It is actually common in Asia to talk about the "Rabbit of the Moon" rather than the "man in the moon". Corresponding Japanese and Korean stories have Rabbits living on the moon and making mashed rice cakes. The dark patches on the moon seen from Earth appear to them as a Bunny, standing on its toes, pounding rice in a mortar. In China, an important goddess lives on the moon with a Rabbit for a companion, making the Rabbit a symbol for the lunar New Year. This Rabbit does not make rice cakes, but instead creates medicinal products for the gods. [1] [5]

Other Bunnies hop around in the night sky too. The Pueblo and Navajo people used "Rabbit Tracks", starry paw prints near the tail of the Scorpius constellation, to know when in the season to begin hunting (hopefully not for Rabbits, though!). Bunnyhollow.org has a guide that helps you find the Bunny prints in the southern sky, by month. [3] [1]

Now, let's not forget the Bunny constellation of Lepus! To see this Bunny, look just below Orion, not far from the bright star of Sirius. It's faint, so you have to look closely. (I once gave my Lovebunny a star in this constellation through one of those star registry sites =;-) Legend has it that the Bunny is unfortunately being hunted by Orion and Canis Major, the dog constellation. [6] (We know better, though, right?) Another myth says that the Goddess Eostre/Ostara became very angry with the Bunny and threw him into the sky! [5] (Jealous, perhaps? =;-)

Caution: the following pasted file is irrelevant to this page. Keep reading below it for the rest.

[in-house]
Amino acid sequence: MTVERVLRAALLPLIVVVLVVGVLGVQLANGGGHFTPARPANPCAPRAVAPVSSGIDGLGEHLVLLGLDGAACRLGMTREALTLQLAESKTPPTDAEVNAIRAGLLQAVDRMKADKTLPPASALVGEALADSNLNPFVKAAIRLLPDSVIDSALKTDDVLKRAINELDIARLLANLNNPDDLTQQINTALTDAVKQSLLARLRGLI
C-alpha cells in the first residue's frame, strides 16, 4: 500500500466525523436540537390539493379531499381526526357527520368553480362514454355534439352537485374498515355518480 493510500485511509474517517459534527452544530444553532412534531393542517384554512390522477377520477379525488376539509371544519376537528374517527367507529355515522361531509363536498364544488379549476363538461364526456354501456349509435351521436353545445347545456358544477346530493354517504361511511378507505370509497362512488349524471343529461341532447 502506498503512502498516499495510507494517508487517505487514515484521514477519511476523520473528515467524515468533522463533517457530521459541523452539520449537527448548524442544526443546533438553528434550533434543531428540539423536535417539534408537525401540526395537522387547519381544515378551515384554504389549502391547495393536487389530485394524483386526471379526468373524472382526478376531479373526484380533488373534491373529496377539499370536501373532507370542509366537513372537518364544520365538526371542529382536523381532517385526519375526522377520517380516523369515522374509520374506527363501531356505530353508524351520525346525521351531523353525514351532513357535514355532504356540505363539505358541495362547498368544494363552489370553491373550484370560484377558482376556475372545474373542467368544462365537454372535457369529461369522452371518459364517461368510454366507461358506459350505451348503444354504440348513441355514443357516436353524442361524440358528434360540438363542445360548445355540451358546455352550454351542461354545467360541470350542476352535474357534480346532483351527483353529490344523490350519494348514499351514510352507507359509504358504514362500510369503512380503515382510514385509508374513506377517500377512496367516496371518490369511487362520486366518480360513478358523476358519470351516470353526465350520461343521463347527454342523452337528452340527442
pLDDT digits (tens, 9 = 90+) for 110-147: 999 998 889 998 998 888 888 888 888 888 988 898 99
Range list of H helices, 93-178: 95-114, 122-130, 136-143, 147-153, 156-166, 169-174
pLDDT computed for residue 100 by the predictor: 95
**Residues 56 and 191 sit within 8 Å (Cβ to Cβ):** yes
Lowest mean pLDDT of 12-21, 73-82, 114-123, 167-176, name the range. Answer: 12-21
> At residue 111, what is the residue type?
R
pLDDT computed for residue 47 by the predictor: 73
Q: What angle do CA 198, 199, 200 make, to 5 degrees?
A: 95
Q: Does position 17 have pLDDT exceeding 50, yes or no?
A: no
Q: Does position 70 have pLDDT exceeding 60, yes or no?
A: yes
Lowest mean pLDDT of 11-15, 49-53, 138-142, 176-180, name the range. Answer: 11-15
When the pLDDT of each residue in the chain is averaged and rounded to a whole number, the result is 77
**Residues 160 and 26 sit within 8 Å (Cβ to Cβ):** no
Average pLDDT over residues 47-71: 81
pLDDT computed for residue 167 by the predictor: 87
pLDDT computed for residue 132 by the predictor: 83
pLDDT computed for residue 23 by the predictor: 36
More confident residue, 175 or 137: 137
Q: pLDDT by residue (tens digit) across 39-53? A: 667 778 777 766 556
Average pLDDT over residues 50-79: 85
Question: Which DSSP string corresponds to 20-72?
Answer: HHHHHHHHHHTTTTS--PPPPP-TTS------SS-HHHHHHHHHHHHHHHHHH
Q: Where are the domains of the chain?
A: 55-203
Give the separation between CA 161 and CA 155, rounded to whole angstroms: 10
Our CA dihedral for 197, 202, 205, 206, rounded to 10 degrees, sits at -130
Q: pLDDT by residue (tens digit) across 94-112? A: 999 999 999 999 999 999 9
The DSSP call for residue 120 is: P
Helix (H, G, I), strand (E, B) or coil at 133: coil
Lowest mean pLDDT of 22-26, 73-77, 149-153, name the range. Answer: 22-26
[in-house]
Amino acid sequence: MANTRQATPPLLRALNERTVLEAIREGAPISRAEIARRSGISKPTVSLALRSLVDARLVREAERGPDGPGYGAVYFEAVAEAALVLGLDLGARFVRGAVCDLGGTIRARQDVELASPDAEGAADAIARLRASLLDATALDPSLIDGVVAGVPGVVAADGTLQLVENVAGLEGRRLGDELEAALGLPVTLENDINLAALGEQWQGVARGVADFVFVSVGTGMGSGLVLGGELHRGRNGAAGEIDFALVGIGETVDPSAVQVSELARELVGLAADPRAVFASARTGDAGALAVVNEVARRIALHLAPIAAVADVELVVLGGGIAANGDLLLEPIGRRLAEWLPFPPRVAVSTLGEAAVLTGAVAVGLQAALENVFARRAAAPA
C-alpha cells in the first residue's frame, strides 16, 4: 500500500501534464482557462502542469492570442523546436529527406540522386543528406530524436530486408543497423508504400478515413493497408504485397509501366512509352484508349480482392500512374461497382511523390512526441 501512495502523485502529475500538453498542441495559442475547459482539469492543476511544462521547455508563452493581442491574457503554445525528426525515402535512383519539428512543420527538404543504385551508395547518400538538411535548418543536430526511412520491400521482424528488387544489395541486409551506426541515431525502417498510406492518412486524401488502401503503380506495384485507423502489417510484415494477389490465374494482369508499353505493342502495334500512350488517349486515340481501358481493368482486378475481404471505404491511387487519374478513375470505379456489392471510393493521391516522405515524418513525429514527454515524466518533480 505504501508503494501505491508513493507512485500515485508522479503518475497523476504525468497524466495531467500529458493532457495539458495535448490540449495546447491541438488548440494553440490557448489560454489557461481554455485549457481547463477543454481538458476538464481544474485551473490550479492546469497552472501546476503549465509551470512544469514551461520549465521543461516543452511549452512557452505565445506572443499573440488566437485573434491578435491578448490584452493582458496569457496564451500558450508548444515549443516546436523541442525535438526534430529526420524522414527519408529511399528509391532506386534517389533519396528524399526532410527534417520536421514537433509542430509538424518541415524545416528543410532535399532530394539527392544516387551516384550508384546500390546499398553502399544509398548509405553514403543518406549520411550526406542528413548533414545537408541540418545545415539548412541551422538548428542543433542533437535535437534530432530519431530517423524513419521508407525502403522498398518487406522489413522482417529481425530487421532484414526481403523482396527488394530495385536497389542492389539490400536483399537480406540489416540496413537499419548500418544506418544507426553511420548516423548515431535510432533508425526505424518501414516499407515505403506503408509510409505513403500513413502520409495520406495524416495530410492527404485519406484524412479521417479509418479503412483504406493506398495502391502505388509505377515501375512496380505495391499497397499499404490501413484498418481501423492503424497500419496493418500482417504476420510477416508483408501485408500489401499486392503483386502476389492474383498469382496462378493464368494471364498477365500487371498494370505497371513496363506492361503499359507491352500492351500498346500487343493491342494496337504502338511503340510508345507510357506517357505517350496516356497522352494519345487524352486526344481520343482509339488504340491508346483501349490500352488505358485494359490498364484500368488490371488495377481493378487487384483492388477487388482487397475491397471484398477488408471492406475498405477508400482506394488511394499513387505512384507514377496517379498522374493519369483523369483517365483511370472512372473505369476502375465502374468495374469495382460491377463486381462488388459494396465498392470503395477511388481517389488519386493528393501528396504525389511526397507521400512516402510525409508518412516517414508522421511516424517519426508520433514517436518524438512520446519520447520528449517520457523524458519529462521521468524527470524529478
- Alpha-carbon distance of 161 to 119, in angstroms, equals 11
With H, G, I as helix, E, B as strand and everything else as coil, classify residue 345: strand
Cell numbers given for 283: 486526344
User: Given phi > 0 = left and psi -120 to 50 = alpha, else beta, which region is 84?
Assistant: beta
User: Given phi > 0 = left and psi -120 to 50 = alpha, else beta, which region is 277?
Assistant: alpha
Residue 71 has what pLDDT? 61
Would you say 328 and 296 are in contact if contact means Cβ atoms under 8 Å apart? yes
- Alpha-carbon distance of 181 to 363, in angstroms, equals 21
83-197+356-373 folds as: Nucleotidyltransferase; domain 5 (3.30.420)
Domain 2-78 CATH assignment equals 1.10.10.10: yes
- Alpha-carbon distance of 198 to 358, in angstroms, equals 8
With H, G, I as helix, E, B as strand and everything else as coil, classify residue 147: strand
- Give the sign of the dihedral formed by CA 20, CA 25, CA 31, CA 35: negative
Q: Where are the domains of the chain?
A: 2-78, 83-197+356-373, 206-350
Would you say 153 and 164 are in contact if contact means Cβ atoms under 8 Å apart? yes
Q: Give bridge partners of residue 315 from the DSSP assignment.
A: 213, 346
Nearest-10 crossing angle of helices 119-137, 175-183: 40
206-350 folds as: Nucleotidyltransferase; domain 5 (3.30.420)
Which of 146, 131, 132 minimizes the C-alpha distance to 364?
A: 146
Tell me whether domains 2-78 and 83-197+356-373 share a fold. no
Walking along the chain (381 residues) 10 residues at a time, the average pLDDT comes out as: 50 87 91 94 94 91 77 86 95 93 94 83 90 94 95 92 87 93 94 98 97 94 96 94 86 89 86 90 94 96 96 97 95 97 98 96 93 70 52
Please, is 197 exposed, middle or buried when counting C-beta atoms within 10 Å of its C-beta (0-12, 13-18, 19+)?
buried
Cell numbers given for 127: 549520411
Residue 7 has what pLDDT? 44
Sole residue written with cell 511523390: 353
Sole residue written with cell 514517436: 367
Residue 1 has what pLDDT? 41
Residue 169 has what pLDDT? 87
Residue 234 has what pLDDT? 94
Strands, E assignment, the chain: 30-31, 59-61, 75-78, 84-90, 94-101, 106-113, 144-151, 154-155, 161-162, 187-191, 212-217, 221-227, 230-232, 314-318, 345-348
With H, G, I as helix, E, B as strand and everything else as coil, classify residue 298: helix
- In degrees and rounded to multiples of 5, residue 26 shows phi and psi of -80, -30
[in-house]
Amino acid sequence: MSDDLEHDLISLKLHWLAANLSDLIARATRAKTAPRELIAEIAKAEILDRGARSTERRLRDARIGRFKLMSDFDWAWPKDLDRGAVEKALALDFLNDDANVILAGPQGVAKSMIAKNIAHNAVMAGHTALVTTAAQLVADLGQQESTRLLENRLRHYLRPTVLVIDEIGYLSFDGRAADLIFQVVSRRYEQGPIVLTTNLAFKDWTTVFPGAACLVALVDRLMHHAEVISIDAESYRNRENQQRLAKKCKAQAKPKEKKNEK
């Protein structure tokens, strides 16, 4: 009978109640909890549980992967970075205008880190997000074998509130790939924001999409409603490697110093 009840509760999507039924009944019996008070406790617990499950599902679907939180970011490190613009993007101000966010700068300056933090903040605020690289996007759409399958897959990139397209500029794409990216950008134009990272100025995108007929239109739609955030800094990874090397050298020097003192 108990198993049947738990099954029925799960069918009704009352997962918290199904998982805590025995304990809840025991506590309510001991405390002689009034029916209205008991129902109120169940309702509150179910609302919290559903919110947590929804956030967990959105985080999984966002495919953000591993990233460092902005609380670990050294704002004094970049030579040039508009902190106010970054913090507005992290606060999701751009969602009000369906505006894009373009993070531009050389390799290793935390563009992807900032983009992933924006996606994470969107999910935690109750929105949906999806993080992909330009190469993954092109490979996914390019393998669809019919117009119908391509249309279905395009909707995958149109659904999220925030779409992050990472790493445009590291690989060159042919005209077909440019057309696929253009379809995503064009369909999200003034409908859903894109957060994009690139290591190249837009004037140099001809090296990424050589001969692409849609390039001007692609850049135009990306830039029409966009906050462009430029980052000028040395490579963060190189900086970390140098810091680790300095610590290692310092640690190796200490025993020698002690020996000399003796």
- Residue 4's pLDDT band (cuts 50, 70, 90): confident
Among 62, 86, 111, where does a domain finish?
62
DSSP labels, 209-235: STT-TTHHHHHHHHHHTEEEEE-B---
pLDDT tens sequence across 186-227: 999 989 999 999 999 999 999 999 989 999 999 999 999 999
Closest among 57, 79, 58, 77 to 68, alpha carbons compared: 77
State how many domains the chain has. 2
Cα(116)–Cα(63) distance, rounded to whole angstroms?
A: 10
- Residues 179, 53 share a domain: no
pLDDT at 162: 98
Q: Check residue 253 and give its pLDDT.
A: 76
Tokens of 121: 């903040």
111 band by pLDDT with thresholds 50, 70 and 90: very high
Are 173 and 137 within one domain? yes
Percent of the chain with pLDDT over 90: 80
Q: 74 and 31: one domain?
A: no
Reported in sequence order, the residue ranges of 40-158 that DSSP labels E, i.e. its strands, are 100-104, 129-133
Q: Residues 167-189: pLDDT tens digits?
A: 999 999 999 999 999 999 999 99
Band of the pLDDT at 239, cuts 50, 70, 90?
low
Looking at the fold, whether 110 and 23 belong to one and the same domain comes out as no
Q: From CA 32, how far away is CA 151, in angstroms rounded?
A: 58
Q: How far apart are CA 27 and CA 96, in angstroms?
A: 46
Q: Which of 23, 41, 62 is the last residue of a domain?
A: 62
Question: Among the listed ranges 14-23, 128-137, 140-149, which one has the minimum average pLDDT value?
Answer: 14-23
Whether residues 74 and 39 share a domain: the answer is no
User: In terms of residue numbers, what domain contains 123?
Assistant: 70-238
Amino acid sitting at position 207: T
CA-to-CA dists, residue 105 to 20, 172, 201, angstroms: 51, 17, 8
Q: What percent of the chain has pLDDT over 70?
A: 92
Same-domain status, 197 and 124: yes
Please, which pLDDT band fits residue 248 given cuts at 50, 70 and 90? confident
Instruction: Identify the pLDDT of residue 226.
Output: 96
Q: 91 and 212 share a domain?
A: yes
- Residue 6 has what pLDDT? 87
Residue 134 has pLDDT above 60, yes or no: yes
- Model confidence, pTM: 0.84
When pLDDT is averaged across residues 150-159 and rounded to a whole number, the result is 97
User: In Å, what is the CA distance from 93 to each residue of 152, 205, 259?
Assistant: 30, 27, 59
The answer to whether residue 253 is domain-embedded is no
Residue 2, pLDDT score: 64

I believe, however, that the Cosmic Bunny gave us this one small constellation to show that all creatures are represented (even the dog) and that, even though Bunnies are fuzzy and wise, in the end we are all part of the Cosmic Bunny. The Lepus constellation is there, but not easy to see, symbolizing the need to look deeply, not quickly or superficially, to find your Inner Bunny and the spiritual path.

Creator, Scribe and Party Animal

Native people of North and Central America had a different take on Rabbits in their mythology. The Mayans usually used monkeys as scribes, recording the words and deeds of gods and men. However, on one Mayan funerary vase found in Guatemala, a Rabbit was depicted as a divine scribe instead. [7] (Yeah! Bunny power!). In Aztec mythology, the Centzon Totochtin ("Four-hundred Rabbits") were a group of deities who acted collectively as the Dionysus of Mexico, the divine little gods of drink and drunkenness. [8]